"Muhammad must have publicly recited the satanic verses as part of the Qur'ān; it is unthinkable that the story could have been invented by Muslims, or foisted upon them by non-Muslims." (William Montgomery Watt, Muhammad at Mecca, Karachi: Oxford University Press, 1993, p. 103)
Since such an embarrassing story exists in the early Muslim literature, and since this literature was written from pious motives, then the story would not have been invented. Muhammad must really have recited such embarrassing verses, and he could only have done so if he had existed. Therefore, Muhammad really did exist, despite the scholarly opinion of Professor Muhammad Sven Kalisch.

This, of course, is the simple argument. Scholars of Islam may widely disagree.

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At 1:49 PM, Anonymous azate said...

I guess you found this story via Spengler, who in turn got it from the WSJ. In any case, there is some speculation on the forums that Kalisch got this "gnostic" version of Islam from Yevo/Koren/Crone/Wansborough. Well, he didn't; even said as much himself in the german press. I'm surprised to find Spengler so out of the loop on German scholarship.

No, the reason Kalisch now says what he does are the three works of the "Saarbrücken group".

And the reason this filters into English discourse right now is that the first of the three books has now been translated into English (Amazon link). I don't think this is a coincidence.

The topic is now well advanced in German-language academic discourse. Don't listen to what Spengler insinuates about "the control of mainstream scholars at the University of Berlin, with deep ties to Arab countries". The head of the department is quite a "gnostic" herself and her successor in spe is a great scholar and a sceptic and not one to be bought out by "Arab countries". Papers are emerging left and right -- the topic is here to stay. Not everybody is yet in the boat by far, but at least there is now widespread acknowledgment that this is indeed a boat, and not a dead duck, as many thought initially. Hell, even Hizbollah's tv channel gave the theory a very fair and not unsympathetic airing.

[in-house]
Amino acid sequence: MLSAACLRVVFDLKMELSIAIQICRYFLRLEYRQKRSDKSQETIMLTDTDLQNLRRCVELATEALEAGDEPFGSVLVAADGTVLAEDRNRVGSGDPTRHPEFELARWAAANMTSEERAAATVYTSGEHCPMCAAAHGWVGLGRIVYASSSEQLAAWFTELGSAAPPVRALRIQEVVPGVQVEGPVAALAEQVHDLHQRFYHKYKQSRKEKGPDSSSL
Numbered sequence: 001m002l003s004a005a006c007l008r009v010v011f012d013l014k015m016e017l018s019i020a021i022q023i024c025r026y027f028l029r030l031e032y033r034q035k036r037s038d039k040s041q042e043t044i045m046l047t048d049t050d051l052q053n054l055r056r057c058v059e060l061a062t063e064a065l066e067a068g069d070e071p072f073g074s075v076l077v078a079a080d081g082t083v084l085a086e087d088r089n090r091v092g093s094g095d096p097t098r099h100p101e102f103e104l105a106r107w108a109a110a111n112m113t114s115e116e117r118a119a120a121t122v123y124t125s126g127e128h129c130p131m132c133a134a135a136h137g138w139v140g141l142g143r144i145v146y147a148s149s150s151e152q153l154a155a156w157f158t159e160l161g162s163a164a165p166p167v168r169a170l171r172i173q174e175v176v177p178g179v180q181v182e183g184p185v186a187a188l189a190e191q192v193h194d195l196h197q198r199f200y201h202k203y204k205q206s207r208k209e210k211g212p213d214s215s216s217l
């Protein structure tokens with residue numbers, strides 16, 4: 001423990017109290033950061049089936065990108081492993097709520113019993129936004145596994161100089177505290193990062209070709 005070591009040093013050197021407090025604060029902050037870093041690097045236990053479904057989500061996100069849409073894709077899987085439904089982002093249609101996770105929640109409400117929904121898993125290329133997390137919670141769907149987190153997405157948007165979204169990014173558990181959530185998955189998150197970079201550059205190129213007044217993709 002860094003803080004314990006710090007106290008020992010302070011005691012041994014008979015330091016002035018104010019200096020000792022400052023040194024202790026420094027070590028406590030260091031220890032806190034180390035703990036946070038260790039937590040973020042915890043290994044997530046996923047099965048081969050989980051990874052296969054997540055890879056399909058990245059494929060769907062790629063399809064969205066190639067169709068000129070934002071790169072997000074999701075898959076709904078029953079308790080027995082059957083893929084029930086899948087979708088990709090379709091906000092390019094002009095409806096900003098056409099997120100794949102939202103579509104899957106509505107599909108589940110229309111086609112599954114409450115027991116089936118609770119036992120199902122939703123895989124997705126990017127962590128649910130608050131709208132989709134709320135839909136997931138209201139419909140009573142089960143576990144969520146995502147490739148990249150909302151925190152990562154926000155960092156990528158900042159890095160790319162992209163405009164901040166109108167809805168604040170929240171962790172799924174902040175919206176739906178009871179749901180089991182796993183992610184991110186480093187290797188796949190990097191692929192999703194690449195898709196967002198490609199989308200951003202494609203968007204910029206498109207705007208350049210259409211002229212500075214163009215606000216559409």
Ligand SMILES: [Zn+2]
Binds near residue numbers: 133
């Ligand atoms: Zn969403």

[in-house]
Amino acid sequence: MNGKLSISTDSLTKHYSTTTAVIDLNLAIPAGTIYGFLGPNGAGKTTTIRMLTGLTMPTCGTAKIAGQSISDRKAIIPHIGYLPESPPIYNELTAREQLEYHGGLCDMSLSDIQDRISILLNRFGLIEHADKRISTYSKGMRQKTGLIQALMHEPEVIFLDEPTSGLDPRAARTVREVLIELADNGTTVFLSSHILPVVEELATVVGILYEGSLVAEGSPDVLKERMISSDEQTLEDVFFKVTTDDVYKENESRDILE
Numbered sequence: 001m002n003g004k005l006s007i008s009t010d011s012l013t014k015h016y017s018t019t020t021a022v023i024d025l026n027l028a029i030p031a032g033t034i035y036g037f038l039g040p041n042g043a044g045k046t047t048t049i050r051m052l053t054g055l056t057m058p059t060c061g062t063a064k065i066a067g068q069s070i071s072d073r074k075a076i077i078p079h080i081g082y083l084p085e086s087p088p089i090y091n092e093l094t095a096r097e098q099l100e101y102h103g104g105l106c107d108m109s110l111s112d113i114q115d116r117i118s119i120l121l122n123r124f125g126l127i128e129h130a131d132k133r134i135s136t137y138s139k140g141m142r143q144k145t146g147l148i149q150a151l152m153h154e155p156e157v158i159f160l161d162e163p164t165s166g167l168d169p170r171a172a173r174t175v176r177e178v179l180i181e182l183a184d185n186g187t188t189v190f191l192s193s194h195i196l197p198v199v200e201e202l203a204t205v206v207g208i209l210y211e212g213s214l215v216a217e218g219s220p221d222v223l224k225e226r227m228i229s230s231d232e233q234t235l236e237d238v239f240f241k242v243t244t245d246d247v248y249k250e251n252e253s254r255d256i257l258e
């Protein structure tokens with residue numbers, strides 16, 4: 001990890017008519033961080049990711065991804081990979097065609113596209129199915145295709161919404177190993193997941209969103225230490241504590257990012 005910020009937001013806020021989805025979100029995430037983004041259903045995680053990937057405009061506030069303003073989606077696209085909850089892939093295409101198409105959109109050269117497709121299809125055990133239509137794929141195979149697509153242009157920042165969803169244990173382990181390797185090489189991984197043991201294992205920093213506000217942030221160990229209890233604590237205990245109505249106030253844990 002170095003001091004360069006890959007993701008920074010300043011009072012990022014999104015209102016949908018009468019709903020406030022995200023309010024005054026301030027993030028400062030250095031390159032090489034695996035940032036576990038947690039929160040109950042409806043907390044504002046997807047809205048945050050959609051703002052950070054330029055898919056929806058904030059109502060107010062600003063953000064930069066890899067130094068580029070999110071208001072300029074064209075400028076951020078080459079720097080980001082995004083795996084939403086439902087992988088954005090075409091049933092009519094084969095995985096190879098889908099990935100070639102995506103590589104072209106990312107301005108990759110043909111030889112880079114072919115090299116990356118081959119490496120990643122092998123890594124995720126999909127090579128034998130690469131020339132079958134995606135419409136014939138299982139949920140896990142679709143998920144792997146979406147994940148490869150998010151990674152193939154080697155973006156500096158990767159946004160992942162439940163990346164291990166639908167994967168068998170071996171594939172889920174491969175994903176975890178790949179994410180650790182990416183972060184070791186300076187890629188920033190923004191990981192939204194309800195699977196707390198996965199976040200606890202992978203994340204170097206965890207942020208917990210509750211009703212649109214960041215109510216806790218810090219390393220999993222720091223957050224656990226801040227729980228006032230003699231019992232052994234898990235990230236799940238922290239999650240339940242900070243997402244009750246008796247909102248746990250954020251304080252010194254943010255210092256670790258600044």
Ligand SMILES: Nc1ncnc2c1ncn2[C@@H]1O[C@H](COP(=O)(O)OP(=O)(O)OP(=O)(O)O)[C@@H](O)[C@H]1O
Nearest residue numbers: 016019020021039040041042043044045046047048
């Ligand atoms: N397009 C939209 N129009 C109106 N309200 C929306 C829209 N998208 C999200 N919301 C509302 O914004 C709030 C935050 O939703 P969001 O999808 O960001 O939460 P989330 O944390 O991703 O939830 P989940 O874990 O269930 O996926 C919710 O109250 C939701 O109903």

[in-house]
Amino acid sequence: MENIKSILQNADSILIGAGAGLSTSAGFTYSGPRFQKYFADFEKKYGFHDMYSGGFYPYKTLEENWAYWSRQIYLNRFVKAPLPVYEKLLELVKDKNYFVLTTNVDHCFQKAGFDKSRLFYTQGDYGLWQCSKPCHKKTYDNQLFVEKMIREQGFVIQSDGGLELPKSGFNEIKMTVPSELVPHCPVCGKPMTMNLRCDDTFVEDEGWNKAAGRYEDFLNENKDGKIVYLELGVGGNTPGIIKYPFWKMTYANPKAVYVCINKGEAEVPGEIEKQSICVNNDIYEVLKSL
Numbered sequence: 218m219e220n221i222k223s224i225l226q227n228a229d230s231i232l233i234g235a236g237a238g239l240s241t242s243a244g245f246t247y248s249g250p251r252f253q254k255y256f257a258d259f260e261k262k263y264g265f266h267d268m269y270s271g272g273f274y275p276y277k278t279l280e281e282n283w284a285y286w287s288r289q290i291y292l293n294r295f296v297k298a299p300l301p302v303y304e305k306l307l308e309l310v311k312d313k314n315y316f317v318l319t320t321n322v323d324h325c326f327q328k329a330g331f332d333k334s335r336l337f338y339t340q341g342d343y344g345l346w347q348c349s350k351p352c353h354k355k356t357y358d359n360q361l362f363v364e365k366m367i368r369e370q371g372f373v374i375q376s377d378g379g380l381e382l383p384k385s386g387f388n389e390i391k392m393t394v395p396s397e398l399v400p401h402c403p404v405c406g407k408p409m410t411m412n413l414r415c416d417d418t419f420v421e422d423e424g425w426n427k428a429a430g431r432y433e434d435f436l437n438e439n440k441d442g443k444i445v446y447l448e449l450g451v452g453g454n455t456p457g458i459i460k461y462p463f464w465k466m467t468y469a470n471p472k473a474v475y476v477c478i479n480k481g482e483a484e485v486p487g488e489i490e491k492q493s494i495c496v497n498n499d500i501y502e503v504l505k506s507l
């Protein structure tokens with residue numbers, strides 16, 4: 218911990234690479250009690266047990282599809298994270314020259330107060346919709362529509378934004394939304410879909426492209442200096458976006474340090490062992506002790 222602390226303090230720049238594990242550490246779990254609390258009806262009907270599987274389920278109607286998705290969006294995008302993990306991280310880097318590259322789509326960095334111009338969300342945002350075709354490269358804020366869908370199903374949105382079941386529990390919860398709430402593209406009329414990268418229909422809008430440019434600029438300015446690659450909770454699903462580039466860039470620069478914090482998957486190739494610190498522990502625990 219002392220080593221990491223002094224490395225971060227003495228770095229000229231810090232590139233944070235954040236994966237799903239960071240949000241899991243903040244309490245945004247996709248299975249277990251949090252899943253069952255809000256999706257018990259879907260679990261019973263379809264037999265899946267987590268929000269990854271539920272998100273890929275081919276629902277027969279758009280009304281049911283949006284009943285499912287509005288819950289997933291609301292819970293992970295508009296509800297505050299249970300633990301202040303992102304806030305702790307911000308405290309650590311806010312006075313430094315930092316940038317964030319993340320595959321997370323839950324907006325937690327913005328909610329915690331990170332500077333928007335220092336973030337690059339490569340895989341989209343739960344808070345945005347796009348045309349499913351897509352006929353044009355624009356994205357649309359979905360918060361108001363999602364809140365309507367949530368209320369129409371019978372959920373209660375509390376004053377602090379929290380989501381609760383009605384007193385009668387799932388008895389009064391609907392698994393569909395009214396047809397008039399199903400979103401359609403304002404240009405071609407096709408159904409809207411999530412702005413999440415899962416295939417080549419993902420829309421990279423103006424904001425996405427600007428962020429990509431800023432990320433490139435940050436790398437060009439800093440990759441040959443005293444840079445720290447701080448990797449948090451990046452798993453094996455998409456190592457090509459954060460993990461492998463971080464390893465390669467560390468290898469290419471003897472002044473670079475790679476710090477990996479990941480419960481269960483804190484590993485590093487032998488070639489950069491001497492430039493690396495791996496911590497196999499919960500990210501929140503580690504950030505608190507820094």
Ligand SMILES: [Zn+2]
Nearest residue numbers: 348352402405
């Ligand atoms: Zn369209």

At 3:28 PM, Blogger Horace Jeffery Hodges said...

Azate, I've not visited Spengler's forum or the Asia Times recently, so I missed that. No, I just happened to see it blogged about on one of my regular forays into the blogosphere.

But now that you mention Spengler, I'm curious . . .

To be perfectly frank, I'd heard of this theory years before. When I was a Naumann Fellow between 1992 and 1995, I first heard rumblings of it at a Naumann seminar where I spoke to a fellow about Islam, and he remarked that early Islam was an offshoot of Christianity.

Or something like that. A distant rumbling, I admit.

I next heard about it from online in the latter 1990s, when I was in Australia and then in Jerusalem, for I had contact with a man who called himself "Christoph" but said it was a pseudonym (perhaps the Christoph?) and who told me that there were arguments that Muhammad had never existed.

I gave the same argument from 'embarrassment' that I've provided in my blog, and he acknowledged the point but maintained his position.

Anyway, thanks for the links. I'll take a look.

Jeffery Hodges